Dienhart: Ranking 2012's Big Ten WRs

Who will be the best receiver in the Big Ten? It’s a difficult question. The position lost a lot of good talent after last season. How much?

The seven top pass catchers from 2011 are gone: Illinois’ A.J. Jenkins; Iowa’s Marvin McNutt; Northwestern’s Jeremy Ebert; Michigan State’s B.J. Cunningham; Wisconsin’s Nick Toon; Michigan State’s Keshawn Martin; Minnesota’s Da’Jon McKnight. So, who’s best of who’s left? Here’s my ranking of the top 10 receivers in the Big Ten.

1. Keenan Davis, 6-3, 214, Iowa, Sr. Say “hello” to the Big Ten’s leading returning receiver from a receptions-per-game standpoint (4.2). Davis was the yang to Marvin McNutt’s yin last season, catching 50 passes for 713 yards and four scores. To become great, Davis—who never was 100 percent last season because of an ankle issue–needs more consistent hands. Davis could join Kevonte Martin-Manley to form the Big Ten’s top 1-2 receiver punch. And working with star quarterback James Vandenberg will help.

2. Jared Abbrederis, 6-2, 180, Jr., Wisconsin, Jr. Now that Nick Toon is gone, Abbrederis must step up as the No. 1 wideout. Not bad for a former walk-on. He paces all returning Big Ten receivers in receptions (55), yards (933) and touchdown catches (eight). Abbrederis also doubles as a dangerous return man, leading the nation in punt returns in 2011. Abbrederis will be joined by Jeff Duckworth and Chase Hammond to form a nice set of wideouts who figure to work well with Maryland transfer quarterback Danny O’Brien.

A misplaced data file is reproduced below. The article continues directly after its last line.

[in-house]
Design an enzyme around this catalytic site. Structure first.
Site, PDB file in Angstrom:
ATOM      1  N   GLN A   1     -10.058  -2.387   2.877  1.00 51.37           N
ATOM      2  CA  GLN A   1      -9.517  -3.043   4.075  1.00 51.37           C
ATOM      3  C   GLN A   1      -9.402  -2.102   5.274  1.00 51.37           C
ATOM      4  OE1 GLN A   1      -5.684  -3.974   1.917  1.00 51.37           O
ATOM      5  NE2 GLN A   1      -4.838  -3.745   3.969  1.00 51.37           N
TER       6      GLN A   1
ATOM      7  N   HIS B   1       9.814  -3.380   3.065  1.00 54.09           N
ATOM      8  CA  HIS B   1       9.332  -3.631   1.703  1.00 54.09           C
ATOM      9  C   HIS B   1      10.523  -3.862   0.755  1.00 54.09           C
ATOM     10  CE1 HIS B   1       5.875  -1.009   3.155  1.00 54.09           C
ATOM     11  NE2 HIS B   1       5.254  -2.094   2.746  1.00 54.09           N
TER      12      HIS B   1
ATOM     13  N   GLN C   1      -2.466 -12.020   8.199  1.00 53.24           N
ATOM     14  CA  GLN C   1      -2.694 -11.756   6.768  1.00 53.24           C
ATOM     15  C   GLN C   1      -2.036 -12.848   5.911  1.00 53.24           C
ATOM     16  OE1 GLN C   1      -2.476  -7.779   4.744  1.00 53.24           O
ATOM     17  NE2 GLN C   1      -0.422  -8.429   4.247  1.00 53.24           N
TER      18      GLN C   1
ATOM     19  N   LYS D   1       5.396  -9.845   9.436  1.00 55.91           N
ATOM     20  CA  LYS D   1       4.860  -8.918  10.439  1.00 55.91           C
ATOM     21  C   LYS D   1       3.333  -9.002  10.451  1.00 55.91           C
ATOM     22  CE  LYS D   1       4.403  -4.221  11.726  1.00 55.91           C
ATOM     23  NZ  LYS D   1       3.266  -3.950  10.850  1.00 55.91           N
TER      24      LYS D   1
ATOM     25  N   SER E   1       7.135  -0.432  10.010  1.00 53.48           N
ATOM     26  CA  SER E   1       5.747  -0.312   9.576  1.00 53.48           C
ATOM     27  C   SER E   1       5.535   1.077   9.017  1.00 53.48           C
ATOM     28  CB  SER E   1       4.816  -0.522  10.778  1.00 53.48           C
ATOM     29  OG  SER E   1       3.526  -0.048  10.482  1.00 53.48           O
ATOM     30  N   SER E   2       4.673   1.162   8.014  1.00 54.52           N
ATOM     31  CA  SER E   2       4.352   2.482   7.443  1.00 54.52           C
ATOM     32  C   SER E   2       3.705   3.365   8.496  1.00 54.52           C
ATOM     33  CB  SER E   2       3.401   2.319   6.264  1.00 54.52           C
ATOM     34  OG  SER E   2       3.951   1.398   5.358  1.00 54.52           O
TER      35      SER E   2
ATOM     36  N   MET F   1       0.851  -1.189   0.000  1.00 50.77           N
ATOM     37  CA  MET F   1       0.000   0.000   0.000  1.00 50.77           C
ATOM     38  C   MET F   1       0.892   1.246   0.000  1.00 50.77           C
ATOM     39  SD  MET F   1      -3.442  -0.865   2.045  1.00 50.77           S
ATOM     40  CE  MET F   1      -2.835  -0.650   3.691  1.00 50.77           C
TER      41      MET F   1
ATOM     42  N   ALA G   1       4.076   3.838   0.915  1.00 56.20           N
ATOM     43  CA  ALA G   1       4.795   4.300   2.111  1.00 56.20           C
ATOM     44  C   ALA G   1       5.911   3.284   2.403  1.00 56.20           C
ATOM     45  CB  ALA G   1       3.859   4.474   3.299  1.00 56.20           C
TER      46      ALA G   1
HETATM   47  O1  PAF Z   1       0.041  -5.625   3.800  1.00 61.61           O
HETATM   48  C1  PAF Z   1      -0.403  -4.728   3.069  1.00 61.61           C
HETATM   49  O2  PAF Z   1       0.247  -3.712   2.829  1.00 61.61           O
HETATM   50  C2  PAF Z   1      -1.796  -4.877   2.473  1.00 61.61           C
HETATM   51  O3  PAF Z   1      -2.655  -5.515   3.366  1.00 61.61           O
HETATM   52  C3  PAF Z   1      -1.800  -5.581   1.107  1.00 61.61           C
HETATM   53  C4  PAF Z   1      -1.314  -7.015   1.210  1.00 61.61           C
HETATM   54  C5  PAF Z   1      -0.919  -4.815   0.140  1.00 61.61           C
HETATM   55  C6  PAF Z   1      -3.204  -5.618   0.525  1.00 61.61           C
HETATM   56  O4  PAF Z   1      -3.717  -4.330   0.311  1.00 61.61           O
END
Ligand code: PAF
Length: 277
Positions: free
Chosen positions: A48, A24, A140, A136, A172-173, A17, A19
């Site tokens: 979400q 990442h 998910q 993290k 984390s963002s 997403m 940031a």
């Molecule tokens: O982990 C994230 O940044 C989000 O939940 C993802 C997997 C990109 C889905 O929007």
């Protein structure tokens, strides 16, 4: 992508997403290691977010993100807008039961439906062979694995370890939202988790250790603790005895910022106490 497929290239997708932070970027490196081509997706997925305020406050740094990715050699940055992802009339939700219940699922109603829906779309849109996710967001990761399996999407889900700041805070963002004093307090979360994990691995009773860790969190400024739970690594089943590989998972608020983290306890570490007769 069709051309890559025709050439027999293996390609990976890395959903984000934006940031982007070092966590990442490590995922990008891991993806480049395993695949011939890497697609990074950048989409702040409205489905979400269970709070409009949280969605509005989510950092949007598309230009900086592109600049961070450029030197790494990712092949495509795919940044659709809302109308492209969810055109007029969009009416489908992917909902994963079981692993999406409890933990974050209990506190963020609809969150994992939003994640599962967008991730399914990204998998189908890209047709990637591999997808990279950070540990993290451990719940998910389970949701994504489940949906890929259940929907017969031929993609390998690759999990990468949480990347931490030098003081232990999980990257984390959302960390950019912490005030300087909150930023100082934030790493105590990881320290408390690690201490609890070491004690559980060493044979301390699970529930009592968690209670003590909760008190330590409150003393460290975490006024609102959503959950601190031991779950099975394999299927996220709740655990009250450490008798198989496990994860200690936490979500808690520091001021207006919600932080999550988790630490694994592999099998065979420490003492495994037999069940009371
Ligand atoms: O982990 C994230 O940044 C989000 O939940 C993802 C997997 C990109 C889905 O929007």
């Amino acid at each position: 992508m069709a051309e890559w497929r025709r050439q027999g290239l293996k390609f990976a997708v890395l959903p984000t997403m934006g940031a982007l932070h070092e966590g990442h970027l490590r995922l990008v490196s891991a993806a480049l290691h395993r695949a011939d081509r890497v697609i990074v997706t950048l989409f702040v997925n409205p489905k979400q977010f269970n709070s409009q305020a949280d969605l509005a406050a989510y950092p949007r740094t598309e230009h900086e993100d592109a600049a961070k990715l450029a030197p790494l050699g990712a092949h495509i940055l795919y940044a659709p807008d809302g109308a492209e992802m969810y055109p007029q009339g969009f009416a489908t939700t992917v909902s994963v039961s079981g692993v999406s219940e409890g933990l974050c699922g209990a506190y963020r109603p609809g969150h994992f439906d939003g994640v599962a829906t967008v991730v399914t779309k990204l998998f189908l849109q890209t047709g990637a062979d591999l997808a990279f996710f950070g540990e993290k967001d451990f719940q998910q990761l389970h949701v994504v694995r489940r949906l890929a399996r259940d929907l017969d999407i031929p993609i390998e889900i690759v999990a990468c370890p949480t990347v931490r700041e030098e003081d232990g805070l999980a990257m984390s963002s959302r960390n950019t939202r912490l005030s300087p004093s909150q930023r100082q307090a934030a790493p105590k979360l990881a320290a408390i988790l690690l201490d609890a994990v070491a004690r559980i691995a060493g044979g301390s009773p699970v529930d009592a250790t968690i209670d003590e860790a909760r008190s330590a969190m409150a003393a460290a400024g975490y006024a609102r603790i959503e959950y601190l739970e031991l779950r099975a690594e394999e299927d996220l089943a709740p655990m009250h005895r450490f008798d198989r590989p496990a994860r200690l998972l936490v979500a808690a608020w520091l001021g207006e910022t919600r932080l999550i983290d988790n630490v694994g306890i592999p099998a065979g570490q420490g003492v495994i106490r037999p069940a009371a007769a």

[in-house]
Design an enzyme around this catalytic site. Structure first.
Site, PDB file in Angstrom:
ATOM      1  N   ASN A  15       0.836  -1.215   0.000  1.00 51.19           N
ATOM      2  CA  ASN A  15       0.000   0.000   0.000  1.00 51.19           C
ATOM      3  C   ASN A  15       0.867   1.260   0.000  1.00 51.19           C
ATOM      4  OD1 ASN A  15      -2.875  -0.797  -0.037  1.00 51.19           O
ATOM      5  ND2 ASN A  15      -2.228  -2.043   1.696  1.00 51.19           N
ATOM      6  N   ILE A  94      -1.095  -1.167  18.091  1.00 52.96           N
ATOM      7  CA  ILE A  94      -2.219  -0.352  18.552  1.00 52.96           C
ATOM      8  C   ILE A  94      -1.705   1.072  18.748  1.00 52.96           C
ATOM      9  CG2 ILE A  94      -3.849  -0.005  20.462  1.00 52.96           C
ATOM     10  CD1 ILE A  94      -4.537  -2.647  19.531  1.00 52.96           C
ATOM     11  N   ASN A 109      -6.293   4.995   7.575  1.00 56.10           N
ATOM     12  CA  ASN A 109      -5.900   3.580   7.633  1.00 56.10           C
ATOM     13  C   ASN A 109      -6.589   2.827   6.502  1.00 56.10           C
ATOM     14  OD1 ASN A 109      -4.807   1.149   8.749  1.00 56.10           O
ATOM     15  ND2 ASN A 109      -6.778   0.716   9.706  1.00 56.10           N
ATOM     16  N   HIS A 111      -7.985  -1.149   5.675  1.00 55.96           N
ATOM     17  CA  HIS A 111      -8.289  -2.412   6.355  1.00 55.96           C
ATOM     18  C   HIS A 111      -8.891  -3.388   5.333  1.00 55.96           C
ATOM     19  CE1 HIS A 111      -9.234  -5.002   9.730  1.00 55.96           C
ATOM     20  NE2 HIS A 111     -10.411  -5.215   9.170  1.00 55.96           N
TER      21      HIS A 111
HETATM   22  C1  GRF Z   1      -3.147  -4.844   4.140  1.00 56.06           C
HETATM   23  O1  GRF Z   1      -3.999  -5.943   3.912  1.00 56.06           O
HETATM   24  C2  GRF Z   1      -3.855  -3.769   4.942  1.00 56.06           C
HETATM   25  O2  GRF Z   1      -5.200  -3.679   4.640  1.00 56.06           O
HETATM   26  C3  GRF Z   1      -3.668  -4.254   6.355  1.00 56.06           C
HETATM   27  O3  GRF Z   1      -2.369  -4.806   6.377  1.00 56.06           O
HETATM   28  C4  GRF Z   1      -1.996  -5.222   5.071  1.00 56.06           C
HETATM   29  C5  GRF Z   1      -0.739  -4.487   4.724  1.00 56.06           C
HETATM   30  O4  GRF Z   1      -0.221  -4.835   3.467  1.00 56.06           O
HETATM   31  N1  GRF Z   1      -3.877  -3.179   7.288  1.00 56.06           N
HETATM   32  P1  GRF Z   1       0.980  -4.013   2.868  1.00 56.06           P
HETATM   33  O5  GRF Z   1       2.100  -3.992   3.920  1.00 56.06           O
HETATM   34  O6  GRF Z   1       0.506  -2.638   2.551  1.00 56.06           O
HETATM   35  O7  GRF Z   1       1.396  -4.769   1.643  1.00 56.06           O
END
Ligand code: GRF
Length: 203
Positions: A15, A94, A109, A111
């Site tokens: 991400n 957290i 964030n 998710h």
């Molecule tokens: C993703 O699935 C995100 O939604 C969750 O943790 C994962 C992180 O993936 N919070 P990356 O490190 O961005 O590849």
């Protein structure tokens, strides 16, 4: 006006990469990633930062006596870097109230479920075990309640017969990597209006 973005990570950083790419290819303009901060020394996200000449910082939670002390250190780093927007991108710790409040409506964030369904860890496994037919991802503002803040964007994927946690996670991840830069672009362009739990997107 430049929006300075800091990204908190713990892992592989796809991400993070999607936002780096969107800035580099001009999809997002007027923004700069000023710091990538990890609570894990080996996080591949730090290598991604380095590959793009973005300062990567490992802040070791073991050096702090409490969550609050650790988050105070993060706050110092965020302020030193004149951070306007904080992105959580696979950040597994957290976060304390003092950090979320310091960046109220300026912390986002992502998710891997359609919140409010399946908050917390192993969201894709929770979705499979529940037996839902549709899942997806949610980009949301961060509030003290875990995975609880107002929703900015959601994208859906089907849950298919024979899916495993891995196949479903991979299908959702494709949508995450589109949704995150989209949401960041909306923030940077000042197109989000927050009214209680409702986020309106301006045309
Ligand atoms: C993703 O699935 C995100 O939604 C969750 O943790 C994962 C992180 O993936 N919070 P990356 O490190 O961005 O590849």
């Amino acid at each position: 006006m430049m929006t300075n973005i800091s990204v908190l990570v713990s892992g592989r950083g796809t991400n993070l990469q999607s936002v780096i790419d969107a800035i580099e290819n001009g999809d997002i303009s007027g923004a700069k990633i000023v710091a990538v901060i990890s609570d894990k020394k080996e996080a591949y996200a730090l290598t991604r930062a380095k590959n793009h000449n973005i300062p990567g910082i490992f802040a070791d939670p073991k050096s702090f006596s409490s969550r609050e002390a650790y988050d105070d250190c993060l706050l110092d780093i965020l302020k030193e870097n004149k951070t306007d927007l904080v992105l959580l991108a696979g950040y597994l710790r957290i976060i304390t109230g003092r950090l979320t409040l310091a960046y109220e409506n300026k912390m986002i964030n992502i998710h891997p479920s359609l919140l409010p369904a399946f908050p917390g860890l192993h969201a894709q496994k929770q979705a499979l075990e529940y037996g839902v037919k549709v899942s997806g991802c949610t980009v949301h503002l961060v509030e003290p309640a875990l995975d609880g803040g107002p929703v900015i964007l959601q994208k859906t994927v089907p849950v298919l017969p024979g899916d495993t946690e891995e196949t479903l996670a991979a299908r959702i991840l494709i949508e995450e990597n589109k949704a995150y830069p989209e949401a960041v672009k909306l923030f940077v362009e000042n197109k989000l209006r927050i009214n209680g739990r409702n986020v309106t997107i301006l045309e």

3. Roy Roundtree, 6-0, 177, Michigan, Sr. He needs to regain his sophomore year form, when he grabbed 72 passes for 935 yards and seven scores. That year, he set a Michigan single-game record for receiving yards with 246 vs. Illinois. But last season, Roundtree caught just 32 passes for 434 yards and three touchdowns. He will need to step up along with wideouts like Jerald Robinson, Jeremy Gallon and Drew Dileo to help quarterback Denard Robinson.

Nebraska's Kenny Ball

Bruce Thorson-US PRESSWIRE